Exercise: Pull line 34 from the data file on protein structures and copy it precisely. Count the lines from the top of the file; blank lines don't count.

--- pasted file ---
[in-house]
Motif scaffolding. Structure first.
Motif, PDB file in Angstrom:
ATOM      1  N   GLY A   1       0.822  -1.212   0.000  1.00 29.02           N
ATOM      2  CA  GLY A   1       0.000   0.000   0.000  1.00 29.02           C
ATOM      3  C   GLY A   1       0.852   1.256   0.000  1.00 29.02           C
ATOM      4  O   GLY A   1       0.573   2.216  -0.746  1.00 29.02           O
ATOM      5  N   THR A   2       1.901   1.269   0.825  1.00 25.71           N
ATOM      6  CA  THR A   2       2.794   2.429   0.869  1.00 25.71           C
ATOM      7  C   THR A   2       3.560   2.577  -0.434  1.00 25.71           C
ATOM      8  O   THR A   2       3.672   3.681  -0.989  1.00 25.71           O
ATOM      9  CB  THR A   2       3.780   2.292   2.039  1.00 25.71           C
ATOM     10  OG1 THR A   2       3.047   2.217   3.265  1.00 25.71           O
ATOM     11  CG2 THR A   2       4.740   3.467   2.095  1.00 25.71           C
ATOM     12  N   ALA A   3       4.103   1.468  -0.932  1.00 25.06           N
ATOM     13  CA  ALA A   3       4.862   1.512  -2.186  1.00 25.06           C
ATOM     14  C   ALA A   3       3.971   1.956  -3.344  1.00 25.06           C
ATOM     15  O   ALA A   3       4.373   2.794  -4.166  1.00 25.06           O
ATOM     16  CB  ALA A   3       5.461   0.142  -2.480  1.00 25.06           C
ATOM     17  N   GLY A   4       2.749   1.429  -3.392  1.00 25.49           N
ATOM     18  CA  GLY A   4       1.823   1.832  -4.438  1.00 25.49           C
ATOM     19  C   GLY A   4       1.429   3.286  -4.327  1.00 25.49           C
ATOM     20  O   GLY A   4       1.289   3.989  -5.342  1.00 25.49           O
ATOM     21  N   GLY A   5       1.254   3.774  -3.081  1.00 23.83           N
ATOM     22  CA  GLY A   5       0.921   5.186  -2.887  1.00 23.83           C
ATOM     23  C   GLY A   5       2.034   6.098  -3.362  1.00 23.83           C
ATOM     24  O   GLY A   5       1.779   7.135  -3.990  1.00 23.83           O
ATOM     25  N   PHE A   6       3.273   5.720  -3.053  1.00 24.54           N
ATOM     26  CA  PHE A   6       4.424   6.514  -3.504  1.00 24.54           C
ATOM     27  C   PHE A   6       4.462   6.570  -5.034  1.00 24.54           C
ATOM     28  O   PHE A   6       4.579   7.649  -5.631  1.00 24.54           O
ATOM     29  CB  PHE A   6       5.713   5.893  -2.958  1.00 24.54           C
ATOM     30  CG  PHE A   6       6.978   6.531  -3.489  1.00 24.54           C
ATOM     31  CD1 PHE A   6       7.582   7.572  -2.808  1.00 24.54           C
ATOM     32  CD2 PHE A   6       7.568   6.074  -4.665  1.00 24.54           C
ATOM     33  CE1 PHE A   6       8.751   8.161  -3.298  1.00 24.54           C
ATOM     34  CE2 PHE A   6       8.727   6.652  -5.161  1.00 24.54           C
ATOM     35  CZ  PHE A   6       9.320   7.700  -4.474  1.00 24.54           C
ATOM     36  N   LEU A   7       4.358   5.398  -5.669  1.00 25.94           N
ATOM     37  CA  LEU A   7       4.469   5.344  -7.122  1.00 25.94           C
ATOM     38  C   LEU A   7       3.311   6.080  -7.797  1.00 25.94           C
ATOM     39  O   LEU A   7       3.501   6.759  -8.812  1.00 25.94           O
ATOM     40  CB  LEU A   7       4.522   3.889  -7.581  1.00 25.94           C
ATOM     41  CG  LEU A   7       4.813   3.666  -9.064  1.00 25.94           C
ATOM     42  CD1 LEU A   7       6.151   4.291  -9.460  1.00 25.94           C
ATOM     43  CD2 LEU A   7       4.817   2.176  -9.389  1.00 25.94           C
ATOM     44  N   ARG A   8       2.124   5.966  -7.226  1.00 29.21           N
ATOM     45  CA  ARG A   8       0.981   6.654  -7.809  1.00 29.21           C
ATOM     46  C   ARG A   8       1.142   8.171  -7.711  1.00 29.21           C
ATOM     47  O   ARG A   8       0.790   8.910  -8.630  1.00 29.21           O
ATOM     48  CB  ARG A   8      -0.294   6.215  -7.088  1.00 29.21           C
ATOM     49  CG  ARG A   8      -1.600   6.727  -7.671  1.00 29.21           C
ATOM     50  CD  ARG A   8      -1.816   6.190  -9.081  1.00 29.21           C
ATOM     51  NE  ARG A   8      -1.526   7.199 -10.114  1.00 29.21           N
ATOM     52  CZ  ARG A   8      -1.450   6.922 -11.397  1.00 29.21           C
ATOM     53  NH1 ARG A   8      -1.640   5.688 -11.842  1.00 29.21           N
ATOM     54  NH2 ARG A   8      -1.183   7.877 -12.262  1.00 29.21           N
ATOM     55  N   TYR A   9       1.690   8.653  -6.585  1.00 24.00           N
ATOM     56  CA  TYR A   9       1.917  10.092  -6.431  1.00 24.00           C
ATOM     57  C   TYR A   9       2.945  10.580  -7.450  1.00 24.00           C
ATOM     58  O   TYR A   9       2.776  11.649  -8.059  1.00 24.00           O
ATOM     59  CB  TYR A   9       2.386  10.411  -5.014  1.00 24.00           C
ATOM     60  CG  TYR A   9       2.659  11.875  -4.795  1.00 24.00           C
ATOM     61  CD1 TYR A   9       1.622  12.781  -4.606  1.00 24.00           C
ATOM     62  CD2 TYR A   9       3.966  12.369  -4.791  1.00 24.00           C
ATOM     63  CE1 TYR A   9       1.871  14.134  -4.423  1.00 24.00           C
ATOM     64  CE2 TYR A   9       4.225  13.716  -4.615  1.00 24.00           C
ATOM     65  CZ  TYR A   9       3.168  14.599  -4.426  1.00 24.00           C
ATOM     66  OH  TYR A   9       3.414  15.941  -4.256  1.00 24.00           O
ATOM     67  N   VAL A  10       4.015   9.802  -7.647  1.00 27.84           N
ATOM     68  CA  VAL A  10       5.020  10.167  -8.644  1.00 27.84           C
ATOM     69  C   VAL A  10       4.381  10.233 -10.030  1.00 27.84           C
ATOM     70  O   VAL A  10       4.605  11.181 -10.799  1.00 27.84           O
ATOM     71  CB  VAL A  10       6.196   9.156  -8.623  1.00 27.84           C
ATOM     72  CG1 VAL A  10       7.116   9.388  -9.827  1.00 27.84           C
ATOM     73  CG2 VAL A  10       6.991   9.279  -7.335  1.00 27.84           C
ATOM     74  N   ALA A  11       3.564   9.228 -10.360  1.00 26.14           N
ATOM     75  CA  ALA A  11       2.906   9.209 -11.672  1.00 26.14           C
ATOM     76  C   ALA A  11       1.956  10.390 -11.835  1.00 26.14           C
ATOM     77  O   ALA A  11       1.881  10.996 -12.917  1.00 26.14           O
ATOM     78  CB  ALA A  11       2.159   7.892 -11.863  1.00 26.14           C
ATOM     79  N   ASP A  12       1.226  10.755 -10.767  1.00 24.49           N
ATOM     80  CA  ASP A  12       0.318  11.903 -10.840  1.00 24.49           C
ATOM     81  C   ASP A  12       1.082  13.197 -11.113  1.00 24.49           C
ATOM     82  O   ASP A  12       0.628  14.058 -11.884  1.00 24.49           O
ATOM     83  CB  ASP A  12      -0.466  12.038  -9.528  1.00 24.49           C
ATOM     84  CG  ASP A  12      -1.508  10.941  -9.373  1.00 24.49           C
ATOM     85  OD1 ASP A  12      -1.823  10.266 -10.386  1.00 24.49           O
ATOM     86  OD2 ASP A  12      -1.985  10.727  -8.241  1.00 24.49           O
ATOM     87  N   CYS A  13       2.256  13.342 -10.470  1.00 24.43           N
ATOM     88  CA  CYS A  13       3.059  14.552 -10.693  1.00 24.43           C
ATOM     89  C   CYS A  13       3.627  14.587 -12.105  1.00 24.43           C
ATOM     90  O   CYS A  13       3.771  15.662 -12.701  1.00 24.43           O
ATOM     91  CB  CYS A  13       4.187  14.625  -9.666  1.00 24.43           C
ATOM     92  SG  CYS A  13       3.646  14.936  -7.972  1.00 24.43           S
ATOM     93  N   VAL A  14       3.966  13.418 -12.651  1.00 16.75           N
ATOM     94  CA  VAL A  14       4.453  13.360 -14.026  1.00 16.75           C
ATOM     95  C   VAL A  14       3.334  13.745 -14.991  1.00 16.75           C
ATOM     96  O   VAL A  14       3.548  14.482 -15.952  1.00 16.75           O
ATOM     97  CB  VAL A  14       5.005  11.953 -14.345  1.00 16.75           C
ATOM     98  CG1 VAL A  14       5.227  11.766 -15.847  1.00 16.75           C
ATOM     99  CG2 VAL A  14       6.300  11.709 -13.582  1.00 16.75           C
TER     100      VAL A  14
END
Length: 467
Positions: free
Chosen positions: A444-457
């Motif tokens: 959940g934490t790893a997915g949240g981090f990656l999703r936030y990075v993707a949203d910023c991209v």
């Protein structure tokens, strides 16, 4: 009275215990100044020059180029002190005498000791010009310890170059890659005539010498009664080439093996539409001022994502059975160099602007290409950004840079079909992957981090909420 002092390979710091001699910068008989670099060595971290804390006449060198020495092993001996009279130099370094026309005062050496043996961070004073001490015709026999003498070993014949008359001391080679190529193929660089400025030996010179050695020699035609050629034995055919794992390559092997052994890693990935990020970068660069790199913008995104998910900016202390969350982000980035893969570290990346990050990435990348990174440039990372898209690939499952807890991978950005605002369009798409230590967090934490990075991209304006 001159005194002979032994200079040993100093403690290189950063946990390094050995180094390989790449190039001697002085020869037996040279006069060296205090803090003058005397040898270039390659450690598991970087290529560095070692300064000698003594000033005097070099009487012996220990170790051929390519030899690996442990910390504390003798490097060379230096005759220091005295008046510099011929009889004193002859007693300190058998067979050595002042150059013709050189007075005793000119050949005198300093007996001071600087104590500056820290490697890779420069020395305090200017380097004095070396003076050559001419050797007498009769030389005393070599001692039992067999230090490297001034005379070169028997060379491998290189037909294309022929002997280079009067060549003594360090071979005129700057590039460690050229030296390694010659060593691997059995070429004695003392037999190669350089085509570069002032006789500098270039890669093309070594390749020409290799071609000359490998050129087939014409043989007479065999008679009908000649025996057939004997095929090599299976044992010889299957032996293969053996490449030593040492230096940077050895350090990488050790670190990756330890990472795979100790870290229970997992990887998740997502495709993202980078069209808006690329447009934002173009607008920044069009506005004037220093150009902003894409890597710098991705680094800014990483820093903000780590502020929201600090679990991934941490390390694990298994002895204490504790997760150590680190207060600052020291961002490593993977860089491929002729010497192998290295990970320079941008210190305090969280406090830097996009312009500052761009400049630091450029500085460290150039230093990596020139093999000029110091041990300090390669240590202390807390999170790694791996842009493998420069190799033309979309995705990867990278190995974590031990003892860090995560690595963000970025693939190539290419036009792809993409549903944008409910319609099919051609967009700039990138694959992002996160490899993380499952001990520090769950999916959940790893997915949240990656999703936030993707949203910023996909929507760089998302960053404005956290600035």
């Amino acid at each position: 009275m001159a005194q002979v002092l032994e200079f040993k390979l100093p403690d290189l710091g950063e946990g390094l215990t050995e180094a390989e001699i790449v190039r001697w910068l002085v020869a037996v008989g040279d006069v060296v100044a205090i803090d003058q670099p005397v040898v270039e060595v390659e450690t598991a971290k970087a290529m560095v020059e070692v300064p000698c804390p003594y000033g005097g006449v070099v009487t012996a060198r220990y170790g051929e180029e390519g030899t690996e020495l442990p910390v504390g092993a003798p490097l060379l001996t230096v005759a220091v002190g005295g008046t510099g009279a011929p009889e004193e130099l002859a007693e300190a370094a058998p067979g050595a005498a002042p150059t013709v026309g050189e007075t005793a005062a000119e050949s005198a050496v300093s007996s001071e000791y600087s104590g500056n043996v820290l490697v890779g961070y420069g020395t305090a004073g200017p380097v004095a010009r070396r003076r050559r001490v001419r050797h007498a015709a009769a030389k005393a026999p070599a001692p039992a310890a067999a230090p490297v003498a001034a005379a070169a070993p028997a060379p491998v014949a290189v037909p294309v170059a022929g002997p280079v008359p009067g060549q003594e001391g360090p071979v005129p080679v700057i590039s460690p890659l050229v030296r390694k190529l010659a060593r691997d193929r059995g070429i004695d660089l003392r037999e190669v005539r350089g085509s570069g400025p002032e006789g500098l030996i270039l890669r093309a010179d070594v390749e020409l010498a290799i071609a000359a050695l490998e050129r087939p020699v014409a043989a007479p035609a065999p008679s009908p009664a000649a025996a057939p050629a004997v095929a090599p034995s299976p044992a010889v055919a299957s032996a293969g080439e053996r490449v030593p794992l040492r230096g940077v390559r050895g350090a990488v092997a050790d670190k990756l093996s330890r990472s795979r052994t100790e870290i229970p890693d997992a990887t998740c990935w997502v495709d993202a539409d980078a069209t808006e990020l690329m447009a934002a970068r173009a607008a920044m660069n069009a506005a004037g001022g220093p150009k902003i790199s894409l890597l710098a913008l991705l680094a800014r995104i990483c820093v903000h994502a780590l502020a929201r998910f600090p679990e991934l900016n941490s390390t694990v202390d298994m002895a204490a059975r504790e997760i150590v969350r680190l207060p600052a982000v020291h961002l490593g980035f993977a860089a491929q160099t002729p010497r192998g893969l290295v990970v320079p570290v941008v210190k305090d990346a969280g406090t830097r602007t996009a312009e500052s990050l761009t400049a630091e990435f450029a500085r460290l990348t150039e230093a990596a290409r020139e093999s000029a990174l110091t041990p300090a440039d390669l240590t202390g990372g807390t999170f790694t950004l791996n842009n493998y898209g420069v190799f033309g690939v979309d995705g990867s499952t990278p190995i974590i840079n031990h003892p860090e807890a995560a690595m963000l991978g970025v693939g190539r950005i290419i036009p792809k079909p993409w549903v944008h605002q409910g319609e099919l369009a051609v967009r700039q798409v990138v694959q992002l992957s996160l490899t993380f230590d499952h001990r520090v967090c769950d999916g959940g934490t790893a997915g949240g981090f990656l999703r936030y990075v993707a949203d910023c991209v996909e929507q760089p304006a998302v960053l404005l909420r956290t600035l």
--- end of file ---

ATOM     31  CD1 PHE A   6       7.582   7.572  -2.808  1.00 24.54           C